This CASE PhD studentship is a unique opportunity to make significant advances in the field of organic geochemistry and risk-based land management of post-industrial brownfield land. Your research will supervised by a team of globally acknowledged thought leaders from the University of Nottingham (Prof. Paul Nathanail), British Geological Survey (Dr. Christopher Vane) and WSP (Prof. Russell Thomas). You will develop in vitro laboratory methods to measure dermal absorption of organic soil contaminants associated with former gasworks sites. You will investigate some of the key controls on the release of these contaminants from soil by completing a placement in Australia of up to 6 months with a world leading research laboratory at the University of Newcastle, NSW under the supervision of Prof. Ravi Naidu. The project is part of a programme of industry led research into potential uptake of organic soil contaminants. The PhD CASE funding is provided by National Grid Property Holdings. WSP, an international geoenvironmental consultancy, will be your CASE partner and you will spend 3 months within the company gaining real-world experience. You will benefit from an extensive training programme within the University of Nottingham, the British Geological Survey and the University of Newcastle, Australia. You will learn how to use GC-MS/MS, FTIR, NMR and associated laboratory methods to an expert level. You will also be trained statistical and numerical modelling techniques to interpret and gain meaning from your results. The applied nature of the PhD means that this research project will provide you with an excellent chance of post-study employment in academia, government or the private sector.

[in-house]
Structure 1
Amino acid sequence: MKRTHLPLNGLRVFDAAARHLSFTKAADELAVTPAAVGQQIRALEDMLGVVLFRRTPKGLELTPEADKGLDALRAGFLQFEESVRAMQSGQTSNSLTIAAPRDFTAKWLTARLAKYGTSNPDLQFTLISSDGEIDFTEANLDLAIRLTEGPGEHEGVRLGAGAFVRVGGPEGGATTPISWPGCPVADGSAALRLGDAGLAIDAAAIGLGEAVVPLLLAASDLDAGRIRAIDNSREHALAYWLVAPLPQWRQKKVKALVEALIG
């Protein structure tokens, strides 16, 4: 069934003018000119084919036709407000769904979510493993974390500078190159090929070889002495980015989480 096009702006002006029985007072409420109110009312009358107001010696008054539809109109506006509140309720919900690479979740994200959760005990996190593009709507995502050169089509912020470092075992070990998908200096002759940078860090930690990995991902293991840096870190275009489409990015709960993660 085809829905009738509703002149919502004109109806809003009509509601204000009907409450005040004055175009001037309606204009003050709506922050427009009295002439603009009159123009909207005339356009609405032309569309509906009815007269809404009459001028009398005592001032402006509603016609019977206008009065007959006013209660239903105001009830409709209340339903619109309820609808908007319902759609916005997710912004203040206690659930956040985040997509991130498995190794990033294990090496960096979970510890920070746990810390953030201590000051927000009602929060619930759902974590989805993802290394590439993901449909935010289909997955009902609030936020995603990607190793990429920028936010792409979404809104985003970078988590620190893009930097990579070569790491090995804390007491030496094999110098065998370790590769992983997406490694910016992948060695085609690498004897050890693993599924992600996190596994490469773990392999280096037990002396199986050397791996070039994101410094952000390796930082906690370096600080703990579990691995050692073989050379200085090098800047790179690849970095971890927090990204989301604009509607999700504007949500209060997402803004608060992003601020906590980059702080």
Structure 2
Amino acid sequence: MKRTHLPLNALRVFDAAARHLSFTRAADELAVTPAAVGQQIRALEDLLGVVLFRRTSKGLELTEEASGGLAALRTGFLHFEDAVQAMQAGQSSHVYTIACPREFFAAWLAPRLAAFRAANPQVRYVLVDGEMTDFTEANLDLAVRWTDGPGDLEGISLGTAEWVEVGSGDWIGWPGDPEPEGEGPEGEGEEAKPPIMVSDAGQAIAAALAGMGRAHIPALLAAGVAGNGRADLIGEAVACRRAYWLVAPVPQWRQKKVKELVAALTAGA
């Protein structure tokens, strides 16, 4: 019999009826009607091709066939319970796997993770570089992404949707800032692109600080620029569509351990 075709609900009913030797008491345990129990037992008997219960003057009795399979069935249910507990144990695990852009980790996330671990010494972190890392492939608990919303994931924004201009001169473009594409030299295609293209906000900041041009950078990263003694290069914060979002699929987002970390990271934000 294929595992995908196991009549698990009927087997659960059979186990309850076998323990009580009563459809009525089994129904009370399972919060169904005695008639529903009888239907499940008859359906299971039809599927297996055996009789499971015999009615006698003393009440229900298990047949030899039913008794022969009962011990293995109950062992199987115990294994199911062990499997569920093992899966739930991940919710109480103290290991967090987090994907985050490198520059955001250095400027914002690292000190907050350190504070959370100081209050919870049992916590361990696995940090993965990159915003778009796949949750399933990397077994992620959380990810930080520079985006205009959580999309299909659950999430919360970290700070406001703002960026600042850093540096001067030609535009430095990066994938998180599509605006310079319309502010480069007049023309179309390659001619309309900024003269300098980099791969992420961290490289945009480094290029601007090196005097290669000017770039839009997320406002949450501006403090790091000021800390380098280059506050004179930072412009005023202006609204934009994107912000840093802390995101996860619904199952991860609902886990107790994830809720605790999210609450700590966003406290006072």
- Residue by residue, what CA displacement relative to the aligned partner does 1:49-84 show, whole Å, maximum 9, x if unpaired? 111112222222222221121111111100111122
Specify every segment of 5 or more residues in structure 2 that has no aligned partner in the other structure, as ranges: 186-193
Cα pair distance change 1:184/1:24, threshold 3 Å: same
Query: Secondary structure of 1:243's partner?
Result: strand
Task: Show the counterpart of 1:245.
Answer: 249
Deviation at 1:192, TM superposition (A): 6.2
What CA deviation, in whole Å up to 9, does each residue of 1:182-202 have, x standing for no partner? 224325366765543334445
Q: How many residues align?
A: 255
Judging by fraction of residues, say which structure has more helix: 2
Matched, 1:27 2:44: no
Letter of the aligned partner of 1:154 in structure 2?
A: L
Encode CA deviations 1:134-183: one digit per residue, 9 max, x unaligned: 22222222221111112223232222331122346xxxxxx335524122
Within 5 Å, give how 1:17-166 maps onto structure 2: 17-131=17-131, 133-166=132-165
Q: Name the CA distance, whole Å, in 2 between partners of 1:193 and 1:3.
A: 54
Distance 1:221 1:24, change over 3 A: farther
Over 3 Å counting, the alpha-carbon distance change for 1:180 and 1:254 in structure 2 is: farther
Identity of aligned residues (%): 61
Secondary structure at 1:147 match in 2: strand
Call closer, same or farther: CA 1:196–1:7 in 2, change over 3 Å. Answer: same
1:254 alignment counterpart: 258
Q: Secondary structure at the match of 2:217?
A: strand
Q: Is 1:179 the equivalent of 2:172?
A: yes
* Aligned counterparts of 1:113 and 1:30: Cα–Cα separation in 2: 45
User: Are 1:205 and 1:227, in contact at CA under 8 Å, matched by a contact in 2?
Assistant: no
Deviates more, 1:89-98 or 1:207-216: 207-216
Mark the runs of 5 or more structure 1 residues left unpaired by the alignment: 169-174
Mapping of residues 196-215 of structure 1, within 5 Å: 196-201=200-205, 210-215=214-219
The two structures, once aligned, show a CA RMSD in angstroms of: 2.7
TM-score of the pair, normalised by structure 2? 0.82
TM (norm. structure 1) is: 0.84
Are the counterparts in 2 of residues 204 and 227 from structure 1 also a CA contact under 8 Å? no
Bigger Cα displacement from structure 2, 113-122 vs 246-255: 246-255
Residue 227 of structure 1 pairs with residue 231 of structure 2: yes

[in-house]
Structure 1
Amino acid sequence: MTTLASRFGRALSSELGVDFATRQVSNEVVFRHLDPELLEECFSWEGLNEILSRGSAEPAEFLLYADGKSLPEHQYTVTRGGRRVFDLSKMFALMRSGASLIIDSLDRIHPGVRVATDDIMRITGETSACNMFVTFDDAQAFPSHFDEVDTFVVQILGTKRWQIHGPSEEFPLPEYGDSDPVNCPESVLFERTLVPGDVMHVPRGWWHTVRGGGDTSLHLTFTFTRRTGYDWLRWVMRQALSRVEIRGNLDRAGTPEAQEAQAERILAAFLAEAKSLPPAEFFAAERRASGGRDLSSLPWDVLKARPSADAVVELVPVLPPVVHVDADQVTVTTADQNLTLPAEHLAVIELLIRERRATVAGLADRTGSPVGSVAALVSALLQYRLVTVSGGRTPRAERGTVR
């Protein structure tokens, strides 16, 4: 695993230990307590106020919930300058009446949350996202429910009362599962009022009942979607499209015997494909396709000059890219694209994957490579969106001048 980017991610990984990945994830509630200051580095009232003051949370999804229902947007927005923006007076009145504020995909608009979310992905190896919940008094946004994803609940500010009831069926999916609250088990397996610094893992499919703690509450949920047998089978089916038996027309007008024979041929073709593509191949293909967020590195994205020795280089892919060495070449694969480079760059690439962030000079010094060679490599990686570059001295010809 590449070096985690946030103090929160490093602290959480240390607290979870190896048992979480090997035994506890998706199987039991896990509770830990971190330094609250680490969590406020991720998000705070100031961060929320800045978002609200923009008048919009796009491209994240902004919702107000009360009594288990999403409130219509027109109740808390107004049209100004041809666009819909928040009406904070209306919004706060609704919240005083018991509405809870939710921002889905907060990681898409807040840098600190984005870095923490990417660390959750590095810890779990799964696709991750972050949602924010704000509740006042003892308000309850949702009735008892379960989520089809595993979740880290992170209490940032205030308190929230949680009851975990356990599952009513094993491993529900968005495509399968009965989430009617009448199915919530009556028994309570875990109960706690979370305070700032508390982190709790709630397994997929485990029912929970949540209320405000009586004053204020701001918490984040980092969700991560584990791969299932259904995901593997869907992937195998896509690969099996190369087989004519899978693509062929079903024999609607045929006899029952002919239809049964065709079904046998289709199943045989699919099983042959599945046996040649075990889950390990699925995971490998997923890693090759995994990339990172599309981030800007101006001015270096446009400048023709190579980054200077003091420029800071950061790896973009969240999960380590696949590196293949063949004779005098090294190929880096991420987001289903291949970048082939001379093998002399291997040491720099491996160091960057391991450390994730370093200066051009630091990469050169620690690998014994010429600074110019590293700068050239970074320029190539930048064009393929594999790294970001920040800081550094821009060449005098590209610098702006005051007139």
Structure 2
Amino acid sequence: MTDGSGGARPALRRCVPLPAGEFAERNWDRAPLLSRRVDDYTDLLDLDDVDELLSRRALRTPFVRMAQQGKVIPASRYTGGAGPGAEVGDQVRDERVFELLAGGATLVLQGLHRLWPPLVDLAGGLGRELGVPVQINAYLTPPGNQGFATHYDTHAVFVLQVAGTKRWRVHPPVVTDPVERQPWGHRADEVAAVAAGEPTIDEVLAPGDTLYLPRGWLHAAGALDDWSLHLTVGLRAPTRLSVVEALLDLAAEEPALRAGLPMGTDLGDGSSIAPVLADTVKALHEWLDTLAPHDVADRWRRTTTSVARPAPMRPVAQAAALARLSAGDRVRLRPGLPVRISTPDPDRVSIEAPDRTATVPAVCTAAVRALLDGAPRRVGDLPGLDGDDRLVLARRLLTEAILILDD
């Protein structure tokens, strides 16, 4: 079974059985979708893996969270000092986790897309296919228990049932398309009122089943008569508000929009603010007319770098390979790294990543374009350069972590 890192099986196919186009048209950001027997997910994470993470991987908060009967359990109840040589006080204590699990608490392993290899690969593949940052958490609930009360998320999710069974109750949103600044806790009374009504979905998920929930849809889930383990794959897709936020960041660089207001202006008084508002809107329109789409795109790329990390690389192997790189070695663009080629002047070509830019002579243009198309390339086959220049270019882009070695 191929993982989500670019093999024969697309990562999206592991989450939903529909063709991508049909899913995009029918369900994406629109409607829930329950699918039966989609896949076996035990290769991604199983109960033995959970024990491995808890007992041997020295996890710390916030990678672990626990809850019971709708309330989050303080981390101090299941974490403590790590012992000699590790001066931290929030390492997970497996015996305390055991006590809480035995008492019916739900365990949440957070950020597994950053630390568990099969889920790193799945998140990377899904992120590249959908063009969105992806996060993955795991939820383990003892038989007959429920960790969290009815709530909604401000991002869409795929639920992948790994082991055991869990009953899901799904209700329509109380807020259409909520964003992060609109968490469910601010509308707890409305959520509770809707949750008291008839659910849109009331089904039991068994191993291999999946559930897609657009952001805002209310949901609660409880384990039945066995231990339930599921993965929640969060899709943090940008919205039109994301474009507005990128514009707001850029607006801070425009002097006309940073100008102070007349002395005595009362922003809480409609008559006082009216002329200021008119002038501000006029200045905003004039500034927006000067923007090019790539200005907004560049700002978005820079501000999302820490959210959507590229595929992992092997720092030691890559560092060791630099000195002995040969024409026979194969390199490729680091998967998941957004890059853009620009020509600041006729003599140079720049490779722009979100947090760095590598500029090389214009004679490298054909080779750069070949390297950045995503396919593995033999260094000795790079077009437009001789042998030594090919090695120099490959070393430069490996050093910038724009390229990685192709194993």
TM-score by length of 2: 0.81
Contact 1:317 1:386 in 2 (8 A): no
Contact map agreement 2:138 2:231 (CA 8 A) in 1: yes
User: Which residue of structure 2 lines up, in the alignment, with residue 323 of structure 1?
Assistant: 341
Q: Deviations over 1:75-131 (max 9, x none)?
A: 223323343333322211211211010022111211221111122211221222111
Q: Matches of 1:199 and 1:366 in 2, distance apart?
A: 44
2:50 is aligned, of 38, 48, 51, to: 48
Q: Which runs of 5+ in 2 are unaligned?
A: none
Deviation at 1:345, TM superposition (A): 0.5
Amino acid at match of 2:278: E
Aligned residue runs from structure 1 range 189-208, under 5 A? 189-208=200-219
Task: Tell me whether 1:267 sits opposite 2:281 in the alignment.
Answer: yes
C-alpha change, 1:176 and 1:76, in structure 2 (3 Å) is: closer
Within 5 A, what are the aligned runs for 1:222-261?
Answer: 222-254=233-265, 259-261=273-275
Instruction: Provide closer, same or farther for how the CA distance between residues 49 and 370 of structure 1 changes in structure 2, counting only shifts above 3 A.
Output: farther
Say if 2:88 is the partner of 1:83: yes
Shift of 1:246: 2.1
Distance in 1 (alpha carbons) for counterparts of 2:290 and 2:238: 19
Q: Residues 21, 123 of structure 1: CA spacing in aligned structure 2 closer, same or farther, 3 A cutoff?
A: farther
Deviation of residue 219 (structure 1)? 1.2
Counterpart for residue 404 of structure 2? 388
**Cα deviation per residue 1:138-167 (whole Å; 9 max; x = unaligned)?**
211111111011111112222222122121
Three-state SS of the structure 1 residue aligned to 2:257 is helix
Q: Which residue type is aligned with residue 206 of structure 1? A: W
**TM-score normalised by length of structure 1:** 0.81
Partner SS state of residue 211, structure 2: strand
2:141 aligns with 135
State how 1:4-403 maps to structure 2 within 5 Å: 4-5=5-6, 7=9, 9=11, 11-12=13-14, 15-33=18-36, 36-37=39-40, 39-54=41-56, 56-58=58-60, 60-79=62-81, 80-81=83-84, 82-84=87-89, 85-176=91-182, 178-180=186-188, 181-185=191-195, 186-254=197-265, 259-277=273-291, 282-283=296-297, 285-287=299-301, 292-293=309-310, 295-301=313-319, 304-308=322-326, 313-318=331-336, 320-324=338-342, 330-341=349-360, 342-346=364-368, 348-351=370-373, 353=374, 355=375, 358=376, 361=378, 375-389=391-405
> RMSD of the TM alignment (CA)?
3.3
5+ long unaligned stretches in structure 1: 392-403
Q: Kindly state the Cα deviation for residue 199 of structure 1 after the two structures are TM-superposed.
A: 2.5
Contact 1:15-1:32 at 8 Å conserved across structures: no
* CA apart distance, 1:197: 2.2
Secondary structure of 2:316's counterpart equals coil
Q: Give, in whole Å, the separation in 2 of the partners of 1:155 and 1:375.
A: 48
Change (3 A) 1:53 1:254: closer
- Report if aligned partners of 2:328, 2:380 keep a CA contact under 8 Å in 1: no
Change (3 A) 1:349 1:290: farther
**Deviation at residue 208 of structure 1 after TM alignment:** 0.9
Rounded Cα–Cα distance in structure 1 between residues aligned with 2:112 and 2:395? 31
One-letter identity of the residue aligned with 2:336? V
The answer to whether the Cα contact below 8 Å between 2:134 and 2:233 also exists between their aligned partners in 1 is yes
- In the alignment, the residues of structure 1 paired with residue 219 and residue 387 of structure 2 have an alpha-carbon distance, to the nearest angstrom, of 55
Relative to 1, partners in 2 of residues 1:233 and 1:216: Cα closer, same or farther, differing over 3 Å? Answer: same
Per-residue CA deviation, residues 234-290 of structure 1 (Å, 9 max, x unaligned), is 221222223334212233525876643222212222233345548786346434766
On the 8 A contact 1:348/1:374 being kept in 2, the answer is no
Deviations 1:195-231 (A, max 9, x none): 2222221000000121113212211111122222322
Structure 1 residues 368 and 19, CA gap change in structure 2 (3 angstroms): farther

The applicant will hold a minimum of a UK Honours Degree at 2:1 level in subjects such as Chemistry, Environmental Geoscience or Natural Sciences. A post-graduate qualification is desirable as is some industrial experience. A strong foundation in chemistry would be advantageous. Competition will be strong so the highest calibre candidates are encouraged to apply.